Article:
Last October, Calvary Episcopal Church and the Diocese of Pittsburgh, led by Bishop Robert Duncan, moderator of the Anglican Communion Network, reached a settlement in a lawsuit in which the parish charged, in essence, that the diocese was unlawfully attempting to appropiate the property of the Episcopal Church.In regards to that meeting between Network members and some of the Global South Primates, here is what I included in my report of Bp. Schofield's Deanery Presentations:
The settlement upheld "current church law that parish and diocesan property belong to the denomination," wrote Steve Levin of the Pittsburgh Post-Gazette.
Calvary believes that recent activities by the diocese, including its decision to withdraw from Province III of the Episcopal Church, its withholding of money from the Episcopal Church, and its request for Alternative Primatial Oversight, violate the settlement agreement, and so, on Tuesday, the parish filed a petition "asking the Court of Common Pleas [to] enforce what we believe to be the correct reading of the Stipulation and Order entered October 14, 2005."
Calvary has requested an expedited discovery process to allow it to receive "equitable relief in advance of an international meeting of the Primates of the Anglican Communion scheduled for February 14-17, 2007 in Tanzania. On information and belief ... [that] Bishop Duncan and Primates of foreign countries are planning to use the occasion of the meeting... to promote Bishop Duncan's organiation and to implement actions directed at impairing the ability of Plaintiffs, TEC and TEC's constituents to maintain or recover their lawful interests in the Property."
Calvary is particularly interested in the November meeting in Falls Church, Va., attended by Duncan, various conservative Episcopal bishops and several African Primates. Citing Bishop John-David Schofield's presentation to his deaneries in the Diocese of San Joaquin, they argue that Duncan and others agreed at that meeting to "submit to the authority of certain foreign Primates"...
...Regarding the recent meeting with the Steering Committee of the Global South Primates, Bp. Schofield offers us some new information. Abps. Gomez (West Indies), Venables (Southern Cone), Akinola (Nigeria), Chew (South East Asia), Nzimbi (Kenya) and Akrofi (West Africa) were present. Those representing the Network that were mentioned by name included Bps. Schofield, Salmon and Duncan and Bill Thompson of All Saints, Long Beach.I have rechecked my sources, and stand by the above as being an accurate reporting of Bp. Schofield's comments.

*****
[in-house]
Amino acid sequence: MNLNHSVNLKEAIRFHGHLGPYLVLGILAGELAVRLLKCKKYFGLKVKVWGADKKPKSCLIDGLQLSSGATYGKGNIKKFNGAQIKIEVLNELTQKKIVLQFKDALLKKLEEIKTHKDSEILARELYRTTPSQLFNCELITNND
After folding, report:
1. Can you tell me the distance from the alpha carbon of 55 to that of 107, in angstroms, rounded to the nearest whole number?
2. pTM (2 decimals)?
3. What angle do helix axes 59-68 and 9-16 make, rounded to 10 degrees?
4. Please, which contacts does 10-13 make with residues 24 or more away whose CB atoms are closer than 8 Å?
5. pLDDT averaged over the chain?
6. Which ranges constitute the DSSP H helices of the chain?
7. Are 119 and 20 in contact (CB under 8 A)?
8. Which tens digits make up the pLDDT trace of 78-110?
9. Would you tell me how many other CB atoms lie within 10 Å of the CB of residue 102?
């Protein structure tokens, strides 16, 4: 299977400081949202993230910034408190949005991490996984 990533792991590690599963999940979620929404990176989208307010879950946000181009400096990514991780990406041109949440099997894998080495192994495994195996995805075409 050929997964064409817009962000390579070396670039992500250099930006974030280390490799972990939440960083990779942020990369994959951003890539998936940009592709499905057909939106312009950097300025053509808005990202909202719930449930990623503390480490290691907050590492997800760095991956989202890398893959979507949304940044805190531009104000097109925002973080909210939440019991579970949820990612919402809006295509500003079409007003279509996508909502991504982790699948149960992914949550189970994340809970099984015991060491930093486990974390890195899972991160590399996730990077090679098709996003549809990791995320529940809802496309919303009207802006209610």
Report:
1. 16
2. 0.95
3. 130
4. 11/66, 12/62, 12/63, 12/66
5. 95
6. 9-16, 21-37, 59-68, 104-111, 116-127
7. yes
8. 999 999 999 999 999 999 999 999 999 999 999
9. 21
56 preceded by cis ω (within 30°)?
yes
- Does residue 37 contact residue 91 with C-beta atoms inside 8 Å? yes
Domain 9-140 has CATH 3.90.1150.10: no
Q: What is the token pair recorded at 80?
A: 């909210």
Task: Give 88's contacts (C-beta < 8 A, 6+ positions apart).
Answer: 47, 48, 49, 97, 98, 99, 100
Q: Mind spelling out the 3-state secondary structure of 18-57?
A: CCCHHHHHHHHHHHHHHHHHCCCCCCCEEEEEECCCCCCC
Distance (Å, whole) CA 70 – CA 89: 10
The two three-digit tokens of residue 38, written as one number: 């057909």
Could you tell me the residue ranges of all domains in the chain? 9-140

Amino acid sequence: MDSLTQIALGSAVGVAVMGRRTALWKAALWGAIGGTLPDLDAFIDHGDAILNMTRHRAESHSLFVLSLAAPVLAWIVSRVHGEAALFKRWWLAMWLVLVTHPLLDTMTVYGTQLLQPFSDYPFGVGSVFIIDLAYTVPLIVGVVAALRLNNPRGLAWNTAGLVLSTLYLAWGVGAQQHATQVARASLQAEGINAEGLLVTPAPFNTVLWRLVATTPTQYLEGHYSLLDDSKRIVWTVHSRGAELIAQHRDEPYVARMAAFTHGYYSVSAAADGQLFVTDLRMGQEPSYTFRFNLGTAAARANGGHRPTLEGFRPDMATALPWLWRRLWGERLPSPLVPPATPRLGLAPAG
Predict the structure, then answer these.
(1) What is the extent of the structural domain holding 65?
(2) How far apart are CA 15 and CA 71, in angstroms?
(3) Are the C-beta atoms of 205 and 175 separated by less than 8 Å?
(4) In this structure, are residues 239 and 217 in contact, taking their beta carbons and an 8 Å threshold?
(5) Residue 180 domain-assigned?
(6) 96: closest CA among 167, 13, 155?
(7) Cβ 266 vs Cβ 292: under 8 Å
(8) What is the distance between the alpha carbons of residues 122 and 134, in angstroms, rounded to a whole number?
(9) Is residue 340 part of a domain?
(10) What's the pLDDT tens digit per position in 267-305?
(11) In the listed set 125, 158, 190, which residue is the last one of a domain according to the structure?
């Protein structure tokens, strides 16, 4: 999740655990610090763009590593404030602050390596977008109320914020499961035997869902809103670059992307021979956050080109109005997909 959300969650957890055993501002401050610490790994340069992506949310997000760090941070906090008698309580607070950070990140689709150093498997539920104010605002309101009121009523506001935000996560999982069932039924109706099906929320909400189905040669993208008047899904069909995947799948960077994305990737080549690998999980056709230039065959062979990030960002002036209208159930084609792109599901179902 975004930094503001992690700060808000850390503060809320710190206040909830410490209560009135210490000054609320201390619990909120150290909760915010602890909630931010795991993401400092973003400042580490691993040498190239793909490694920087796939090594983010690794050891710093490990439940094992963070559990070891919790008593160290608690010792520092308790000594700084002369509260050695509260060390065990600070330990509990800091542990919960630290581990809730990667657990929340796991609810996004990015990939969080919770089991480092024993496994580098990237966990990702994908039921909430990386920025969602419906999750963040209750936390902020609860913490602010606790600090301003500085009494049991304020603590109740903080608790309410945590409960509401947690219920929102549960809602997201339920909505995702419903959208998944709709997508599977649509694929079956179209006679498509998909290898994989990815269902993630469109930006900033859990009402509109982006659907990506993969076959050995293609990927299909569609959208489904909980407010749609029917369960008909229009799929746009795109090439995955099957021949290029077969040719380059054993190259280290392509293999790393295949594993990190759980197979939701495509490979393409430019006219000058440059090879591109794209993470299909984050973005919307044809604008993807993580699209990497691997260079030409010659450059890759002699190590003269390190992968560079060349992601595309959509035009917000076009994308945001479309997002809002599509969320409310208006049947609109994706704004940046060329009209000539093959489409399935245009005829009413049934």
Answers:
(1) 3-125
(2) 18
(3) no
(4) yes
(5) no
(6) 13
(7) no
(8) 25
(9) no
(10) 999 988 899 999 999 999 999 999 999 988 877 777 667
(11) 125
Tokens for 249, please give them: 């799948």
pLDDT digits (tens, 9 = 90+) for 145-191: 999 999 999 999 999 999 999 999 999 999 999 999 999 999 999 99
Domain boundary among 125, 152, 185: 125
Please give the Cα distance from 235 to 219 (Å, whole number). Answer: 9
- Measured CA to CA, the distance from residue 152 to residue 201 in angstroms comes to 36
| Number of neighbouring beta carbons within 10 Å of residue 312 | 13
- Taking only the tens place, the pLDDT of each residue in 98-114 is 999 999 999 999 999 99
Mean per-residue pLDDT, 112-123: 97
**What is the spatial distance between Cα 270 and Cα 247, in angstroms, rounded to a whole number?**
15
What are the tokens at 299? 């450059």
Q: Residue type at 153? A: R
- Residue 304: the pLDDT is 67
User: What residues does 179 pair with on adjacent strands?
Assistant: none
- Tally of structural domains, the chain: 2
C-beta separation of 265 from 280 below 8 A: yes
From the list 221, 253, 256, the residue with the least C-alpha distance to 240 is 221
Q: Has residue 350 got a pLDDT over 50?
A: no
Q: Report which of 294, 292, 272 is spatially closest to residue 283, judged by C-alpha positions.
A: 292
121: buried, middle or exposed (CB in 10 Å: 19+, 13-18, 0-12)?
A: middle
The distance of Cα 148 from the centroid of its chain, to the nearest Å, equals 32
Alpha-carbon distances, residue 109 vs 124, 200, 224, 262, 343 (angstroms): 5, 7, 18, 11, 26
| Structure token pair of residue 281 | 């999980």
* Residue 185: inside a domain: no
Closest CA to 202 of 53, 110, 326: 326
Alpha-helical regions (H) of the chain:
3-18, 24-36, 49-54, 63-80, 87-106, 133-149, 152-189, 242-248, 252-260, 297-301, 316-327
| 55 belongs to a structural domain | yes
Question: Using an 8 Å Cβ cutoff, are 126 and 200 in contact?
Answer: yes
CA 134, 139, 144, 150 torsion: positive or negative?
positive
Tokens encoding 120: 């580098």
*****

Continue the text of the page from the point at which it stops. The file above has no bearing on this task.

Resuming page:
The Primates were asking for specific things of the Network;
2. A single spokesman (Bp. Duncan was selected)
3. Signatures on a document which will be submitted to the Primates (all present signed, although the contents of the document were not revealed)...
In an ENS article, the Rev. Rick Matters, rector of St. John's, Lodi, CA, affirms that this is what he also heard Bp. Schofield report:
...Matters said that in pre-convention meetings Schofield told the diocese's deaneries that in November he signed a "pledge of allegiance" to six Anglican Communion bishops, including Nigerian Primate Peter Akinola and Archbishop Gregory Venables of the Southern Cone (South America), who addressed the convention Eucharist by an internet downlink.It is this mysterious "pledge of allegiance" that Calvary Church is requesting from the Diocese of Pittsburgh.
"He is now taking orders from them in terms of how to leave and separate from the Episcopal Church and how to realign," Matters said, adding that Schofield told the meetings that those bishops were setting the timetable for such a move and determining who would be involved...
In the Diocese of Pittsburgh's Answer (scroll down to document 6) to this request, we find the following statement:
...neither the Diocese nor Bishop Duncan has signed any document submitting themselves to the authority of the foreign Primates. Plaintiffs have mischaracterized the application for Alternative Primatial Oversight, which was intially submitted to the Archbishop of Canterbury...The full text of the Request to the Global South Primates, dated November 6, 2006, has recently appeared on the Diocese of Pittsburgh's website, no doubt because of this court case making it public.
I have a couple of problems with Pittsburgh's Answer. First of all, this request for AlPO is clearly not the same one that was submitted to Canterbury, as it is addressed to the Global South Primates, and refers specifically to that relationship. Secondly, and of greater concern, is the denial of the existence of any "pledge of allegiance" to the Primates with whom they met in November.
Bishop Schofield claims everyone at the meeting signed a document that would be submitted to the Primates. Since the request for AlPO was specifically from Pittsburgh, it is doubtful that Bp. Schofield, or others from outside Pittsburgh would have signed it. So, if Bp. Schofield is correct, another document exists. Bp. Duncan is claiming to not have signed this second document.
Obviously, someone is not telling the truth.